Recently, while driving to Ludhiana from Chandigarh with a friend, I suddenly exclaimed, ‘I want to stop at Samrala.’
‘No more of Samrala now! It’s been bypassed by a long flyover,’ my friend smiled and continued to drive. But I was transported to the good old days spent in Samrala.
‘It’s the place where I was born more than seven decades ago. I wanted to stop for a while, pay my respects to my birthplace and remember the childhood days,’ I said with a soulful sigh. ‘Anyway, you won’t recognise it; it’s changed beyond imagination and recognition,’ he comforted me.
I remembered that a groundnut research station was set up at Samrala under my father’s supervision. He had studied at Punjab Agricultural College in Lyallpur. It so happened that one early morning, Sardar Partap Singh Kairon, the then Chief Minister of Punjab, while passing through Samrala, decided to spot-check the research station.
He saw a person wearing a vest and a pair of underdrawers, busy tending to plants in a field. The CM asked, ‘Beldar, tera afsar kithe hai (O worker! Where’s your officer)?’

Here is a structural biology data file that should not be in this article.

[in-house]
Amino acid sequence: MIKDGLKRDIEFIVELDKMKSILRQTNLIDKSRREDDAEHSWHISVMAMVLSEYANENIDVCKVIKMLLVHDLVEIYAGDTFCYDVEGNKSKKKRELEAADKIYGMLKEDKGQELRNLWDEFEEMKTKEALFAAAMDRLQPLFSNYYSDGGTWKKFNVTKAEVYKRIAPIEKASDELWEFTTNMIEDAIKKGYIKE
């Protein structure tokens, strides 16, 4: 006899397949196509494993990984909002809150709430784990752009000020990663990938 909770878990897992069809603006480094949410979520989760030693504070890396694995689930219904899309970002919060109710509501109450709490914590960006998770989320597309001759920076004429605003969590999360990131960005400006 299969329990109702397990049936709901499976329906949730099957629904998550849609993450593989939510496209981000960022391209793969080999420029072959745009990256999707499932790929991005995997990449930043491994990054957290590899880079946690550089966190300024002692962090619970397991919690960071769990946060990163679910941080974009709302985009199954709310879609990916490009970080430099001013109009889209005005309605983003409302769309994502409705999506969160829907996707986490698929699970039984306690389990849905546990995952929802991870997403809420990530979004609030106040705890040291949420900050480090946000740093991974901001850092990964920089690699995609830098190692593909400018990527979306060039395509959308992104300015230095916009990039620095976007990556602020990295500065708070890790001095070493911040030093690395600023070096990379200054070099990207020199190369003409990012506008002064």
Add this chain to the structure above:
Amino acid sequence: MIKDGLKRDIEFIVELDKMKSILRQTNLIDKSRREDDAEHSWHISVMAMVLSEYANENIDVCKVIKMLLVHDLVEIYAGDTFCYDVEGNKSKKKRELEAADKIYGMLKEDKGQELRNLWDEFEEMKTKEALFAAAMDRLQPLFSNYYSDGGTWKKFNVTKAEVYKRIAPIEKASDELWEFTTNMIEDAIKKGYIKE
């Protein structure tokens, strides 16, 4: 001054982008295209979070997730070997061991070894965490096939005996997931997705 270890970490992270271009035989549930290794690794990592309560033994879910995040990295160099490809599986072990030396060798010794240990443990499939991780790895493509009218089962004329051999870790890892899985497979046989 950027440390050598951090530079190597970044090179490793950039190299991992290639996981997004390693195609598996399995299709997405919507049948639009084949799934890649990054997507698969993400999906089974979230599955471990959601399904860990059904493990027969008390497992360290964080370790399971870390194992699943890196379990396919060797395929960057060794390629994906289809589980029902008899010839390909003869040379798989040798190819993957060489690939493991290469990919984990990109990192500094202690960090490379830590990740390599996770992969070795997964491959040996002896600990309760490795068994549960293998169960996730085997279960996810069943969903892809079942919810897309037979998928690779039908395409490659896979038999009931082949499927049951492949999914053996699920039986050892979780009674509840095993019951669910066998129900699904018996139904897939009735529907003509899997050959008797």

‘I’m the officer in charge here, sir,’ replied my father as he quickly got up off his haunches and moved towards the Chief Minister to greet him. Kairon was impressed. He asked my father’s name and patted him. While at Samrala, my father developed new varieties of groundnut; one of these, named Punjab Groundnut No. 1, was an instant hit with farmers of Punjab.
Samrala was then a small place, just like an overgrown village. Its outskirts towards Ludhiana were dotted with rolling sand dunes. The popular mode of transport was the horse-driven tonga, and as a kid I loved and looked forward to a ride on it. To catch a train, we would have to travel to Khanna by tonga, a distance of nearly 9 miles. The historical gurdwara at Machhiwara, about six miles away, was a place of pilgrimage and I visited it a few times with my family.
What I remembered most were those exciting picnics along the Sirhind canal, which isn’t too far from Samrala. It carries water from the Sutlej river and originates at the Ropar headworks.
A marvel of irrigation infrastructure, the canal was completed way back in 1882. The banks of the canal were lined with mango and jamun trees for miles together. During the monsoon season, the bridge on the canal at Neelon attracted lots of people for a feast of summer fruits. Its water currents were very swift and looked scary to me, though some adventurous young men could be seen jumping into the canal.
The journey to Ludhiana overwhelmed me with the nostalgic echo of those evocative Samrala days.
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